With only about 2 weeks left in our 2011 Behind The Scenes Contest, entries are starting to pour in. It’s great to put some faces with the names of our readers and see the different types of projects everyone is working on. William Walker came up with a pretty simple but clever idea for his contest video. Using just a camera and a Vello ShutterBoss intervalometer, William was able to capture photos of his buddy restoring a badly damaged 2011 Audi Q5. The whole project took over 40 working hours (several days of footage) and presented William with a few challenges. The concept is pretty straightforward and mad props to William for going out and pushing himself to try something new. The BTS video is below but click the full post to watch the final timelapse video. If you are planning to submit your own BTS video to our contest, you have just over 15 days to get it up online. Don’t wait until the final day or you will probably not make the deadline!
Search Results for: timelapse
We first featured film maker and timelapse master Tom Lowe almost 2 years ago. This week he released another mind blowing trailer for his documentary TimeScapes (pre order your copy here). Tom’s vision was to give viewers a modern look at the American Midwest in all of its glory, and it to say it’s glorious is an understatement! Shot primarily on Canon 5d MKIIs and RED Epics (with some of the best cine lenses available), TimeScapes has to be the best timelapse videos I’ve ever seen. This project has taken Tom over 2 years to film so you know the final release is going to be great to watch especially in ultra HD. Head over to Tom’s Vimeo page for more details on how this was shot, and also check out our original post to see some BTS on how Tom creates these breathtaking images.
I just ran across across Dustin Farrell’s newest timelapse and I know I say this a lot but I really think THIS is my favorite so far. Quality timelapse videos keep coming out and raising the bar each time but this is a big leap in my opinion. Obviously these shots have been enhanced in post and I would LOVE to know how he did it. If you like this timelapse then you may want to check out all of the them we have posted on our site by clicking here.
Tom Guilmette is now a pretty regular name on Fstoppers because his BTSVs in the field of video are some of the best we have seen. In the video below Tom travels out west with Eric Kessler to film BTS footage of some of the top timelapse shooters of our time. My personal favorite is Tom Lowe and we haven’t heard much from him in the last year because he is still working on his timelapse feature film. Check out the video below to learn from the best.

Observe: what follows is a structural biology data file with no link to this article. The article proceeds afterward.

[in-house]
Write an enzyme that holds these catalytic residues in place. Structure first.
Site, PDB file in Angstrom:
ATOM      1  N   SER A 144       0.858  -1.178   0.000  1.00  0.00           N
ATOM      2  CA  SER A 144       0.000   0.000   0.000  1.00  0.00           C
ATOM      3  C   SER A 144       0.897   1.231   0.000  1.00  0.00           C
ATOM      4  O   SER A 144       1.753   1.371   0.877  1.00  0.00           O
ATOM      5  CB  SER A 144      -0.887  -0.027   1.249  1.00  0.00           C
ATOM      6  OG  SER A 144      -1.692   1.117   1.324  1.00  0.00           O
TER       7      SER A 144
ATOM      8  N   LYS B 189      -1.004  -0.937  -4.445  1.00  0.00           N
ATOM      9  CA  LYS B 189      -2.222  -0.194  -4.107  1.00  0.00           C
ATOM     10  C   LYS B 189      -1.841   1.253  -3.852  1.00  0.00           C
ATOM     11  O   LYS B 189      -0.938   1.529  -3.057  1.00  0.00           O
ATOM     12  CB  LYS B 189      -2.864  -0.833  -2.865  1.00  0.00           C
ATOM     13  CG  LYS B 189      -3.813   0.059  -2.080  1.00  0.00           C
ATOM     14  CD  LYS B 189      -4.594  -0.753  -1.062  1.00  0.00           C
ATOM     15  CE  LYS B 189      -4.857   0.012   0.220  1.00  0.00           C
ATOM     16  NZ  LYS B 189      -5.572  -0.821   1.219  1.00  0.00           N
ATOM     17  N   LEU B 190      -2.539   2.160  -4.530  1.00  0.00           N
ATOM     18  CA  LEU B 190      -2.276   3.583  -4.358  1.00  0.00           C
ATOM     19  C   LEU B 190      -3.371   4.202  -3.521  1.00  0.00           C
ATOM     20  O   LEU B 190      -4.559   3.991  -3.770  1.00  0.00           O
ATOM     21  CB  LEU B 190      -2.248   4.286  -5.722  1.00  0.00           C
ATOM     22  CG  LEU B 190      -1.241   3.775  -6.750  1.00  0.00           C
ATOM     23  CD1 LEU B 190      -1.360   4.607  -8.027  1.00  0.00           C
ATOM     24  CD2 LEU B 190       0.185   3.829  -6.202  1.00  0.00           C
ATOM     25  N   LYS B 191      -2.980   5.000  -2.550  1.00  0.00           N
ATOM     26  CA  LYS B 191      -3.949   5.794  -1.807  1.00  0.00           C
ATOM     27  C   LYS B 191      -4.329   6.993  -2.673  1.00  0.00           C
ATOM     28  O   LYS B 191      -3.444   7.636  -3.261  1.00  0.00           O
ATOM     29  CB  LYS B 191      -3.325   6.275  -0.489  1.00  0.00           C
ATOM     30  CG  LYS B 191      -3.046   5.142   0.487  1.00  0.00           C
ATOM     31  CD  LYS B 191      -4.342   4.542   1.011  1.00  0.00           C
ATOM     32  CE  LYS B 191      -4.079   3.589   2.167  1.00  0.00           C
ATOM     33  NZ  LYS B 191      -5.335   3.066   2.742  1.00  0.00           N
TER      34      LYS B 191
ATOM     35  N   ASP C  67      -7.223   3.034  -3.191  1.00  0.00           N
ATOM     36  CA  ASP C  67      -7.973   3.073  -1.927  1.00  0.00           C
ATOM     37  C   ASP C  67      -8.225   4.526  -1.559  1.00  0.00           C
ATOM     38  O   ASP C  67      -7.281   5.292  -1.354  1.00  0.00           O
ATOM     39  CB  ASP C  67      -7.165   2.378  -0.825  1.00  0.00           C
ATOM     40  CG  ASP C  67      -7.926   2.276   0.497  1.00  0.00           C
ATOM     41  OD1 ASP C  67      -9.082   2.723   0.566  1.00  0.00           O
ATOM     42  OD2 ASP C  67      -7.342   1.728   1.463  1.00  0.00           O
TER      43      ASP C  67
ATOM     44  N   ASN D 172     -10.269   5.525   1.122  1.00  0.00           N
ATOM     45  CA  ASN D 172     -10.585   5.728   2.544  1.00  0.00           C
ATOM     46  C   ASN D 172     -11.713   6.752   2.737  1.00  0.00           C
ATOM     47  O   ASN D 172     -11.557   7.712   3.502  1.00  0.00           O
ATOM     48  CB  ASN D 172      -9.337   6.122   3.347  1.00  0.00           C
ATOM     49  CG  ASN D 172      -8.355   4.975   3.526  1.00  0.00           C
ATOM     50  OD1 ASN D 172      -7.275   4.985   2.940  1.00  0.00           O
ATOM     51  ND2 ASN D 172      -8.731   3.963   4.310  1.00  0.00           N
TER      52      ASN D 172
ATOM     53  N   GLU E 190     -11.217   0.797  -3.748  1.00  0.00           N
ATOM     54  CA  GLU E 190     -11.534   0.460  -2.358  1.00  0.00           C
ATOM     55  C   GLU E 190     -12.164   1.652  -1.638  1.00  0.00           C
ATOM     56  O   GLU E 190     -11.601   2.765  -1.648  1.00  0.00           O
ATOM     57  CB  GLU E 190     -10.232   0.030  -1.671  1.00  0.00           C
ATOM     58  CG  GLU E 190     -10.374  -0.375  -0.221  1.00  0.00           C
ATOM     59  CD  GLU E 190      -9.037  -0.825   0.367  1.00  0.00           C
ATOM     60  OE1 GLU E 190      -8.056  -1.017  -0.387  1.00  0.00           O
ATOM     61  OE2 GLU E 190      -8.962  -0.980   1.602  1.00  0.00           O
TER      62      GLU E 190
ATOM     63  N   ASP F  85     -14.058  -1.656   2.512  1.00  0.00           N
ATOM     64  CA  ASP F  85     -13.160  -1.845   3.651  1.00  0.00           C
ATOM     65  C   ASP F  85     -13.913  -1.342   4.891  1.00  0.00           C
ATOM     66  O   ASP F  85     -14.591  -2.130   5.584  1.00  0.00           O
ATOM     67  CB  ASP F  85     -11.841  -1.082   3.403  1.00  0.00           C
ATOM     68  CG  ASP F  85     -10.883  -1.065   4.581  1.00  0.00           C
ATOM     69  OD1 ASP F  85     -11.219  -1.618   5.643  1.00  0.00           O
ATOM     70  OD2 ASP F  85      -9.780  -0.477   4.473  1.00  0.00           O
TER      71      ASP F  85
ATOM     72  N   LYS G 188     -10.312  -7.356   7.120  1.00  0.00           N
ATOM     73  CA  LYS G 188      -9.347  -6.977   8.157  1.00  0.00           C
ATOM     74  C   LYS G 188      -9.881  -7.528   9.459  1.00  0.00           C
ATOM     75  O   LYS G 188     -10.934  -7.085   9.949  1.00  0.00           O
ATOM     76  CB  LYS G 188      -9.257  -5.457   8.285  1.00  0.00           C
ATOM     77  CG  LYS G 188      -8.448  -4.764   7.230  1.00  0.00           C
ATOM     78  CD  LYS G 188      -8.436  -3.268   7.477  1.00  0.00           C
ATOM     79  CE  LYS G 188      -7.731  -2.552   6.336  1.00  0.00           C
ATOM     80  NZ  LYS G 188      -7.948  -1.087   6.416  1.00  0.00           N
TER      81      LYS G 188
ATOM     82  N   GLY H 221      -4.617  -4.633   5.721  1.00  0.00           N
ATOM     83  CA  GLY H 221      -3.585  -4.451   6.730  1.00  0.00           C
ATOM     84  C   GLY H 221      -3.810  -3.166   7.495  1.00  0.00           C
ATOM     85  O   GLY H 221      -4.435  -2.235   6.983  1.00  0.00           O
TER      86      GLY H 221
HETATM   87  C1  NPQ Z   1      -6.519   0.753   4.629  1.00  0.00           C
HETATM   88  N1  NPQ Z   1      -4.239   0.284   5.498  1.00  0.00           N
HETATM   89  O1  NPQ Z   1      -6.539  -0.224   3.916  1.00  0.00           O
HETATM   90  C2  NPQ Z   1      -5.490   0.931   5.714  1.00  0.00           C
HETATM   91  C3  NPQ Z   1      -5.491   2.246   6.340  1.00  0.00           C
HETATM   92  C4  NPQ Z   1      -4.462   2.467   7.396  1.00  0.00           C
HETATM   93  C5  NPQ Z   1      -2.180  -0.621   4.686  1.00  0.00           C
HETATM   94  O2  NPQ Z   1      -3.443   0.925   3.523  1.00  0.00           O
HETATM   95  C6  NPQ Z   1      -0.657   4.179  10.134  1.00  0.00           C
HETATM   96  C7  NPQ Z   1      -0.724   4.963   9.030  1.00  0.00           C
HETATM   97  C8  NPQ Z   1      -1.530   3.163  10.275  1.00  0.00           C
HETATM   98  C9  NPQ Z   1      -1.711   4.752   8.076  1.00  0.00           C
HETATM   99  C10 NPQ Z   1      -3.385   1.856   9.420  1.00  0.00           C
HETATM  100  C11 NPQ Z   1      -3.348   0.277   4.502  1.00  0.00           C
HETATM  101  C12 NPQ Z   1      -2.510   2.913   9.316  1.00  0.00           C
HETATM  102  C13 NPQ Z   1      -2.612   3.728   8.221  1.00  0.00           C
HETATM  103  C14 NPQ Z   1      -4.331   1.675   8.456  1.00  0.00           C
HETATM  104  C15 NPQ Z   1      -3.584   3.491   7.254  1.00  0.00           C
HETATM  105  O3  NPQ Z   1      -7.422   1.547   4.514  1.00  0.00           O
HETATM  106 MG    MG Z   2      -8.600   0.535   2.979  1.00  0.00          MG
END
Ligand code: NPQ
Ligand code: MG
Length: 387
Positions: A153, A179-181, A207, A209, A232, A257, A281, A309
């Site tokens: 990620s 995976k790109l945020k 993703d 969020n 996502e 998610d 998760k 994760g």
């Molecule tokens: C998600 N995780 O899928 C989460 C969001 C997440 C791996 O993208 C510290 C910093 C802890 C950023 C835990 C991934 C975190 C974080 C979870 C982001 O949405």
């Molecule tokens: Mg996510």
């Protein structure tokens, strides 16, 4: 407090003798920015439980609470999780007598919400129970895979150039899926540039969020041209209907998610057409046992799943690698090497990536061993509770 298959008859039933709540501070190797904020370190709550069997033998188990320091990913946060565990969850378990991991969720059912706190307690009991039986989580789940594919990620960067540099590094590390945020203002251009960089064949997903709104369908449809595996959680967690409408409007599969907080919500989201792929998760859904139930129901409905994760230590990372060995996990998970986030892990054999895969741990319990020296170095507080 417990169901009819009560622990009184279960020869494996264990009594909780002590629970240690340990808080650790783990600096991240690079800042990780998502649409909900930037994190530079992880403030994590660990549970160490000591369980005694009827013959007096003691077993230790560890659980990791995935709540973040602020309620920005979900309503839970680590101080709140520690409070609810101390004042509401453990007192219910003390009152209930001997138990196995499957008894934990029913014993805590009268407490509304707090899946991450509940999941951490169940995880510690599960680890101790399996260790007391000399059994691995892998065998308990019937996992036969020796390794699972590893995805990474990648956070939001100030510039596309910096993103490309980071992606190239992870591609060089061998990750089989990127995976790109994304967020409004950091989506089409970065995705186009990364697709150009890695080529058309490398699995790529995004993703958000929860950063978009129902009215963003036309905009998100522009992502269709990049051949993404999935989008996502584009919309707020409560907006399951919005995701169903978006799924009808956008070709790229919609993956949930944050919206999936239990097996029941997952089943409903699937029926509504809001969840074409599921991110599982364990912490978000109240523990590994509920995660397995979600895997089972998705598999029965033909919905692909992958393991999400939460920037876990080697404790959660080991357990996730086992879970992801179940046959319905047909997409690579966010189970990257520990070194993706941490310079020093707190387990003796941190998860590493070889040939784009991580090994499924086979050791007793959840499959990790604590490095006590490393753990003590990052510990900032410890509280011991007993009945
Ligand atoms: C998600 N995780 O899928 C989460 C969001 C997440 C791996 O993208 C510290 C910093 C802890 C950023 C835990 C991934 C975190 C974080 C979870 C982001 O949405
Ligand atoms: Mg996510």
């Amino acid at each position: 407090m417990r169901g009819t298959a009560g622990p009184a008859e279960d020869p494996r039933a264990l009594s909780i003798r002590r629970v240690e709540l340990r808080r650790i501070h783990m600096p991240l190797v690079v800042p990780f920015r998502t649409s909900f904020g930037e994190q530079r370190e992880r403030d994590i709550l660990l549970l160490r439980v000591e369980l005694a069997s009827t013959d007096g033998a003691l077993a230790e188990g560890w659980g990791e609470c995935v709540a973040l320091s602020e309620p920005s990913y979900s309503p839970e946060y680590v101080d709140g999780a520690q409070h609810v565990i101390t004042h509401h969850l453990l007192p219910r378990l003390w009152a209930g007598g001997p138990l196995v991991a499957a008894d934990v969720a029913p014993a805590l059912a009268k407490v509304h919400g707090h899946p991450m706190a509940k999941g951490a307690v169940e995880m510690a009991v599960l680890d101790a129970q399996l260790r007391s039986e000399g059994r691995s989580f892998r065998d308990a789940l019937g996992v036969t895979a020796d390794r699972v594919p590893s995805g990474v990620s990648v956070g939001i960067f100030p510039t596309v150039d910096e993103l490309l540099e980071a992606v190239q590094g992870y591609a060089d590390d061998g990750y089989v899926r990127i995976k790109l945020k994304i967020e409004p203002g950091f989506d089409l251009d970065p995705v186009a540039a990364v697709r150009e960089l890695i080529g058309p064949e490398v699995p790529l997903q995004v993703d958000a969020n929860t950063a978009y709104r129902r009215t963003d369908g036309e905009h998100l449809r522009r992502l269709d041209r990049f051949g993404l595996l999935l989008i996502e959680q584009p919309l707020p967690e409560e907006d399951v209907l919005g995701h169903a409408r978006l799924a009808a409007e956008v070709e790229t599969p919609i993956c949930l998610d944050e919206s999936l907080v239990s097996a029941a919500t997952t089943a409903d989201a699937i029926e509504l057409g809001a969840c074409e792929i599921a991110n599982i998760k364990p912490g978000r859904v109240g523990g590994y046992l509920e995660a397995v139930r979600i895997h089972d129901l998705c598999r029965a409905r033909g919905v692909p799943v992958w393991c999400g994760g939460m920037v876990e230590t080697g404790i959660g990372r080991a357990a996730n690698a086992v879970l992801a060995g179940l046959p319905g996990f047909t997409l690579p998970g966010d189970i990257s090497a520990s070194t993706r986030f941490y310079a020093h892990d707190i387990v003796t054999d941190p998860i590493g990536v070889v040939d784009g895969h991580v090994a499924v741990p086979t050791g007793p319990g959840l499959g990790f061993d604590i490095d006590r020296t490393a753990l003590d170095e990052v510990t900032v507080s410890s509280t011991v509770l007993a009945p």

The guys at T-Recs (short for timelapse recordings) created a timelapse video that is unlike anything I have seen before. We have all seen timelapse videos that have camera movement but nothing like this. Some how these guys are making really big moves, almost like they are shooting out of an airplane. Anyone know how this sort of thing is done?
Believe it or not, the video below was taken with a cell phone. Stu Kennedy from kakepipe.com created a really cool timplase video using his Samsung Galaxy S2 cellphone. After filming the video it was edited using Vegas 10 and the tilt shift look was added using After Effects. This video looks better than what a pretty expensive video camera could have shot 5 years ago… and it was shot on a cell phone people!
We have posted a lot of timelapse videos on Fstoppers but very few of them are very informative. In the video below Jay P Morgan takes us through the setup of a quick timelapse video. Jay does a great job of combining a timelapse created from stills and standard video shot at 24fps.
Patrick and I were just in Chicago a few weeks ago filming an upcoming FS Original and when we asked the locals what we needed to do, everyone suggested the architectural boat tour. Riding a boat through the center of a huge city was a really cool experience and if you ever visit, I would suggest you also check it out.
It appears that Philip Bloom also went on the same tour but he (being the smart guy that he is) strapped a camera to the boat and made a video out of it. Now everyone can enjoy hours of boating through Chicago in about 3 minutes.